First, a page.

Rev. Andrew Cunnington
30th March 2014
Having the Capacity to Truly See

I have recently finished reading the book “The Railway Man” which tells the story of Eric Lomax and his time as a prisoner of war where he was forced to build the Burma/Siam railway in the most appalling conditions. The book has been made into an acclaimed film which has been doing the circuit of the cinemas.

And during the story, there is a fellow prisoner, who was very brave and supportive of Eric, and I realised that in real life, I had known him. In real life, I had conducted his funeral.

Jim Bradley lived in Midhurst and attended my church sometimes. He was not very talkative and I never felt I established much of a rapport with him. They told me he had been a prisoner of war, but never liked to talk about it. He would turn up on Remembrance Sunday with his medals and I remember visiting him at home where his wife Lindy did most of the talking.

But it was not until this month that I knew anything about the real stature of this man and his influence on Eric Lomax’s life. When I sat with Jim and his wife, and when I took his funeral, I was hovering on the edge of a story more profound than I had realised.

Reading the book has opened my eyes to Jim Bradley. I have yet to see the film. I don’t even know if he’s featured in it. But I suddenly feel an affinity with him now I know the truth.

Thus does the truth of Jesus evolve in our lives. As if we were blind men, only gradually being able to see.

As if we were like Redhill on a misty morning. The landscape is lost in fog and it’s only when the sun burns it away we can behold the glory that was always there.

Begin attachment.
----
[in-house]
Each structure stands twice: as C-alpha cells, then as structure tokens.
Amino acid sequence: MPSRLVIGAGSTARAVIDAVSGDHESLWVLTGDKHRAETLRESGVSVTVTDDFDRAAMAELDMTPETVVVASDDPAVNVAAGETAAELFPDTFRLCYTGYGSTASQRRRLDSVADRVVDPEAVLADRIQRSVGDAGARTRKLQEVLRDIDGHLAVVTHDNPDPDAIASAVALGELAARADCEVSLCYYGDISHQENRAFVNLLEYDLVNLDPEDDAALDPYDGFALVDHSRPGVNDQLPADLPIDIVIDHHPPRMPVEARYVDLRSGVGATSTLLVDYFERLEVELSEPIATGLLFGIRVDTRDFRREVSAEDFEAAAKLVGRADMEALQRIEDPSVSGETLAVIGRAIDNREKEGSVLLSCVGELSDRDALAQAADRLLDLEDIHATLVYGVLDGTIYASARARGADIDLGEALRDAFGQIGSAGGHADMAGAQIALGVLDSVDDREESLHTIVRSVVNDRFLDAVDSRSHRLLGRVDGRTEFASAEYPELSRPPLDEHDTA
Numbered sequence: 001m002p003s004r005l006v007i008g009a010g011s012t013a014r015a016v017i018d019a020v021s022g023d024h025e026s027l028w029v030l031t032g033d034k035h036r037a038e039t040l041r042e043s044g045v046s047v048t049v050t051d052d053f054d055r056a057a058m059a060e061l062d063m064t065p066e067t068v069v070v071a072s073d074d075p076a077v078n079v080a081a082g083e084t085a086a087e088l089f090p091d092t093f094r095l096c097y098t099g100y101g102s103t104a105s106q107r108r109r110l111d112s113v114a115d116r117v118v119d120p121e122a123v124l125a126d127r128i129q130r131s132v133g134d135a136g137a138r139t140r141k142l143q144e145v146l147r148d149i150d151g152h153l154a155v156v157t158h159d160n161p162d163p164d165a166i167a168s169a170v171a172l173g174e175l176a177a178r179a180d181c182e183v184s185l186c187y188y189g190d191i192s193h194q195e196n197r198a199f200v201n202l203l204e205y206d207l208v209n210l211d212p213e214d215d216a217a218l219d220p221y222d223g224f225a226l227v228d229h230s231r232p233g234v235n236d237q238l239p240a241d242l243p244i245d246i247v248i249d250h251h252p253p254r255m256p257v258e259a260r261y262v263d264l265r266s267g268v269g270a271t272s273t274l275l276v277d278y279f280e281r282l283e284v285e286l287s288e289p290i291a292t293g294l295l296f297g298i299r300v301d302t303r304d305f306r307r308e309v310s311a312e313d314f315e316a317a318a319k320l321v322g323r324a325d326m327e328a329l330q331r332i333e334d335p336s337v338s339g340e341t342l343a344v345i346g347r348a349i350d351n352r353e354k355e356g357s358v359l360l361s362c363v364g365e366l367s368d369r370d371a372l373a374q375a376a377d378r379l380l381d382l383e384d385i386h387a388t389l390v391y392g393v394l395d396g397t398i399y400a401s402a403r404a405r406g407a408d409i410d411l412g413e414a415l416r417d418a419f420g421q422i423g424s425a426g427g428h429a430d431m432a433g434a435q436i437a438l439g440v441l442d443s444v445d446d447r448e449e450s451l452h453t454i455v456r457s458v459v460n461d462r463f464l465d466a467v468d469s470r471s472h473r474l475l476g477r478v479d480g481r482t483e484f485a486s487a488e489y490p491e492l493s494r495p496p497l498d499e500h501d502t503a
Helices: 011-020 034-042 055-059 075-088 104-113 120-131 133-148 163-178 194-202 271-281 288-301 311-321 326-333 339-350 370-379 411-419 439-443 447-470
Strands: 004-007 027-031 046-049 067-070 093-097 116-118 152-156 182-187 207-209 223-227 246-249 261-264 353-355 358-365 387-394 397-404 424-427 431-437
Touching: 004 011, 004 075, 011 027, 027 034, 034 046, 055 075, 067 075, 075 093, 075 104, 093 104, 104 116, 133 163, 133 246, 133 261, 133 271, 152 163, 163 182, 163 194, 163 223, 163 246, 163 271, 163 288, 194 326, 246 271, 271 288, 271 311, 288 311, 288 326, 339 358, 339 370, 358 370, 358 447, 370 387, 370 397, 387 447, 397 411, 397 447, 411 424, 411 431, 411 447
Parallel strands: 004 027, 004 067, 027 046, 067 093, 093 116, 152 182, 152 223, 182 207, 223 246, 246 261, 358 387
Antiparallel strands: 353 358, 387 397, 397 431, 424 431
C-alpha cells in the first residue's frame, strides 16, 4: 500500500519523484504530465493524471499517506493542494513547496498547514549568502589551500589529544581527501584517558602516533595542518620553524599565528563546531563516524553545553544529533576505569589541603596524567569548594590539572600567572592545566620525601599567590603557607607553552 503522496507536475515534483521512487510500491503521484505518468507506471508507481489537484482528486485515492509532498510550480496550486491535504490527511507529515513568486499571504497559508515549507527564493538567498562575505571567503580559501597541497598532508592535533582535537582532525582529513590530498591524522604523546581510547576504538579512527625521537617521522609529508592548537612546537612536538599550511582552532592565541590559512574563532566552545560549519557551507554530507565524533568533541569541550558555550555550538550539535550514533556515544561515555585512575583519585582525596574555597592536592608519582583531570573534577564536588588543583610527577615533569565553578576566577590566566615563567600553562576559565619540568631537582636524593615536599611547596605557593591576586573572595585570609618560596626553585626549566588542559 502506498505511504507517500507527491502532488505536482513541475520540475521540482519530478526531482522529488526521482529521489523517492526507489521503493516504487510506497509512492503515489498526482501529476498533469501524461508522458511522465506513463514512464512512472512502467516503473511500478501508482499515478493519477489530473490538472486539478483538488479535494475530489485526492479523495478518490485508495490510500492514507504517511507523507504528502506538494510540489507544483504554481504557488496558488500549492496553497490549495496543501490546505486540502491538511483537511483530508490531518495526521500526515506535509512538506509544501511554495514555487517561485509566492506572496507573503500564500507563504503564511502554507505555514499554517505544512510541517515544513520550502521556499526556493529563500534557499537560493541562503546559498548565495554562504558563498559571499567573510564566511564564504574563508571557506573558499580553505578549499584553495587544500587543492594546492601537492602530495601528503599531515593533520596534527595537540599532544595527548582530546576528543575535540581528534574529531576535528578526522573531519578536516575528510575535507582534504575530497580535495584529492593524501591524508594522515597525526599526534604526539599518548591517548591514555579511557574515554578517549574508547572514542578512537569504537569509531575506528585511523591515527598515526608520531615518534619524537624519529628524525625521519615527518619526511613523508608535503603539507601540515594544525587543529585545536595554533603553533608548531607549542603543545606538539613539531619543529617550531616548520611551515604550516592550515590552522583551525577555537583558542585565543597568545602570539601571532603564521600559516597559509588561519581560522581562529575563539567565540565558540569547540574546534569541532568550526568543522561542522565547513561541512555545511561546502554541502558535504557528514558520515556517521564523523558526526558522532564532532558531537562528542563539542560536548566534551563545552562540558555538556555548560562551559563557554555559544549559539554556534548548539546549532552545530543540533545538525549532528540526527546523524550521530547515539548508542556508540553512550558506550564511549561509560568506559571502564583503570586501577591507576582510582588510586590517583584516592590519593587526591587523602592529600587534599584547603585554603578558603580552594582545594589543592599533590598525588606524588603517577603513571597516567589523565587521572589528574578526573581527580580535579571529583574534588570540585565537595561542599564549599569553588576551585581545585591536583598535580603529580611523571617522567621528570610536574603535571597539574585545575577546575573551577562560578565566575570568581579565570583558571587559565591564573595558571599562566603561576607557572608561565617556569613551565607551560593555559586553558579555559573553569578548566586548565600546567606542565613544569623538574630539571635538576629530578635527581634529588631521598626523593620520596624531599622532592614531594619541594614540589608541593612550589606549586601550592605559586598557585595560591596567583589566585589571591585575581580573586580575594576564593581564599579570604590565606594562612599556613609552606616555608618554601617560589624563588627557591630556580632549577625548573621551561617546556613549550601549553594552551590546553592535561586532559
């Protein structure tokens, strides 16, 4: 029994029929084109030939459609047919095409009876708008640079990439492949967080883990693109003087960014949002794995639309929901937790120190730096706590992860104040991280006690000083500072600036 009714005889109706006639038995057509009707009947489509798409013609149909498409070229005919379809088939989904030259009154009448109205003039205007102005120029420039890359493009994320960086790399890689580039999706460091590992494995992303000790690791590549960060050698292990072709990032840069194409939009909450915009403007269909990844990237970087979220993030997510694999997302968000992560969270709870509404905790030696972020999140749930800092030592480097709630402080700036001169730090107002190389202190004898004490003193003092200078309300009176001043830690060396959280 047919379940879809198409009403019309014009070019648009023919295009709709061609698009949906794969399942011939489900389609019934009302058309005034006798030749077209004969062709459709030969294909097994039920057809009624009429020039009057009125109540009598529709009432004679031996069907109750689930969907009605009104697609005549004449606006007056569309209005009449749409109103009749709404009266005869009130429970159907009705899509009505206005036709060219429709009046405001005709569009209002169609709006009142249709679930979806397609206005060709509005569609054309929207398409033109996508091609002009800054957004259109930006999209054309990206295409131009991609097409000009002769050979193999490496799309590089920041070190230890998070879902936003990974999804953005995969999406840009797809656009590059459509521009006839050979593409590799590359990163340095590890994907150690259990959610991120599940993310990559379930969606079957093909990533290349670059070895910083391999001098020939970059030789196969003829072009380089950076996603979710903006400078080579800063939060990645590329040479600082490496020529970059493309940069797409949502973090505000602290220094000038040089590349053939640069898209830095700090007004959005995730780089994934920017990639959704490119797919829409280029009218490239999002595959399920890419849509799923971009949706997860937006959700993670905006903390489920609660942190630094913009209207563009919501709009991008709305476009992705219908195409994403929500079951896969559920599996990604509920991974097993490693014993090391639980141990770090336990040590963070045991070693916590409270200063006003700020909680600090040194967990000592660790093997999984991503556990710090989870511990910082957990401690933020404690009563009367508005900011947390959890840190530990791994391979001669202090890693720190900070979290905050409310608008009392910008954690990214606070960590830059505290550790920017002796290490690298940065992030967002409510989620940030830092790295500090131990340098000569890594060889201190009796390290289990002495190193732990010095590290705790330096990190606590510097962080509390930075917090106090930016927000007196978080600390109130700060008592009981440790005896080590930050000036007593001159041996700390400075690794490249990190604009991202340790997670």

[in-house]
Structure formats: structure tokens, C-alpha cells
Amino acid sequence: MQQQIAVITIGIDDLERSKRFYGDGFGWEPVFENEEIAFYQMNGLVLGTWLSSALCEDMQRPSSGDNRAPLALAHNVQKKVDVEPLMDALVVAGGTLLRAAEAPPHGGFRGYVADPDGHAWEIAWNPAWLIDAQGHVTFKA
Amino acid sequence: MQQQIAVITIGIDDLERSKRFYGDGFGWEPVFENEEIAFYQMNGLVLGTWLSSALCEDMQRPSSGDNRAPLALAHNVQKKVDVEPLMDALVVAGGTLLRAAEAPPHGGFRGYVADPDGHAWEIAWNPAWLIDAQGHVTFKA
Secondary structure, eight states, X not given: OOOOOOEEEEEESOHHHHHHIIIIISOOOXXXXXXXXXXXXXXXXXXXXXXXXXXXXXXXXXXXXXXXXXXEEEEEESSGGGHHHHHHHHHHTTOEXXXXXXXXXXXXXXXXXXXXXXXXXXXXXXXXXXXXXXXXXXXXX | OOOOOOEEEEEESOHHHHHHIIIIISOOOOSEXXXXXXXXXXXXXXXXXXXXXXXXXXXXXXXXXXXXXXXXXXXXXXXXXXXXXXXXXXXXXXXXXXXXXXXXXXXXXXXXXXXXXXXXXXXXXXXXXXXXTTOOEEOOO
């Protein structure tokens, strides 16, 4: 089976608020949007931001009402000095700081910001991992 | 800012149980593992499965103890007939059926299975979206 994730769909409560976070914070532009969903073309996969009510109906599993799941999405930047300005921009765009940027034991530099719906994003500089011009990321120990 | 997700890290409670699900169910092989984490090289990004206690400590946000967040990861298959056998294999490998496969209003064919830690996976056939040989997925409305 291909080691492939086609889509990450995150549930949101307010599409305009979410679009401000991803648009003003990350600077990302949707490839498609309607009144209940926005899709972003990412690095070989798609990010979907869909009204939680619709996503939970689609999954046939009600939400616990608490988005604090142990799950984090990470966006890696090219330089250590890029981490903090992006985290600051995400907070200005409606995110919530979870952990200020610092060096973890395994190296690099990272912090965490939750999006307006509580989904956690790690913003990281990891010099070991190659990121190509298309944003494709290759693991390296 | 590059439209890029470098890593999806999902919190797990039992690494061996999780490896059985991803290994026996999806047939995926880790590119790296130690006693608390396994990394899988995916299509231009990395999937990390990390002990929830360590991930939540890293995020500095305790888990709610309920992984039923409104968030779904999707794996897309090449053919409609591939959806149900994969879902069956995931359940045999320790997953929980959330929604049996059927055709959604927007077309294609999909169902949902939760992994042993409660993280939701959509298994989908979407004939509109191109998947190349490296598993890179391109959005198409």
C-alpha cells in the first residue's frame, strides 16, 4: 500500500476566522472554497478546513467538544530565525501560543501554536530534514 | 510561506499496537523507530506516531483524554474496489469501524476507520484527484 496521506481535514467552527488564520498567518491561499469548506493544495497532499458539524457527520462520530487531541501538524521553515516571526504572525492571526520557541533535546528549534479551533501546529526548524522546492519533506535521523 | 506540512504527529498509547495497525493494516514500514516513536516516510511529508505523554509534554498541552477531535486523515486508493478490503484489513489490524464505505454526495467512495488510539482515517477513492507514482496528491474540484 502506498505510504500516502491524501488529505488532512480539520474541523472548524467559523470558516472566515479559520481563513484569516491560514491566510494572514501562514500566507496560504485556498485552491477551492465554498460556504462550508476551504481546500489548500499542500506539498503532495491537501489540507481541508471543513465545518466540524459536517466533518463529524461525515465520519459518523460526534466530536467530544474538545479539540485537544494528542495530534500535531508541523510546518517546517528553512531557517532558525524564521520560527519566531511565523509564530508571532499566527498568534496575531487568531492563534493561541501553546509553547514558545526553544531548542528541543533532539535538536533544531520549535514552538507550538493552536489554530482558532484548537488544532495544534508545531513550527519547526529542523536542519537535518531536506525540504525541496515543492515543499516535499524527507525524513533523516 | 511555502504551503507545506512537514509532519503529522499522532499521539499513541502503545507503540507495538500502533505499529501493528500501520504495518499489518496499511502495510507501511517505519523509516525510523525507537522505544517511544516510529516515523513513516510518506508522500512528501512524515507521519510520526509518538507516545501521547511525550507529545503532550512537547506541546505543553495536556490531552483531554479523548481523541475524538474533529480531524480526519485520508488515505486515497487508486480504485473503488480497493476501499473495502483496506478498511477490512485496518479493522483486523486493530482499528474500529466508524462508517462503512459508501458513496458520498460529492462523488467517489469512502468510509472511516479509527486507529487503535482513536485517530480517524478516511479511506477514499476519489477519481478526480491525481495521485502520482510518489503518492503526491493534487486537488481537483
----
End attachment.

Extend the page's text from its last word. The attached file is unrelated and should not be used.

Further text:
I only read part of this morning’s Gospel to you, because it is a great long odessy.

It does deserve you taking the sheet away with you and reading it reflectively however, for it is the story of a man on the same journey as us.

It is the story of a man who had been blind, but even when he could see, it took him ages to see to the depth of where God was and how closely he had become entwined in his life.

We strive to become believers in the Gospel, you and I, and the more time we spend in the company of the one who embodies that Gospel, the more we will find it evident in the lives we lead.

That we do not leave God behind in this building, but rather he equips us with vision to see him everywhere.

To see Christ in the love of family and friends. To see Christ in the people we work with.

To see Christ in the people we don’t like or have judged and found wanting.

To realise that our destiny is that people should see Christ in us.

It’s too late now to get to know Jim Bradley. I wonder how helpful I was to him when he came to my Church. What did I say at the long ago funeral, would I have done better if I had been able to see.

Each time we meet for worship it is that in word and sacrament we have our vision of Christ sharpened, in ourselves and beyond ourselves, until he becomes truly, all in all.

JOHN 9:1-11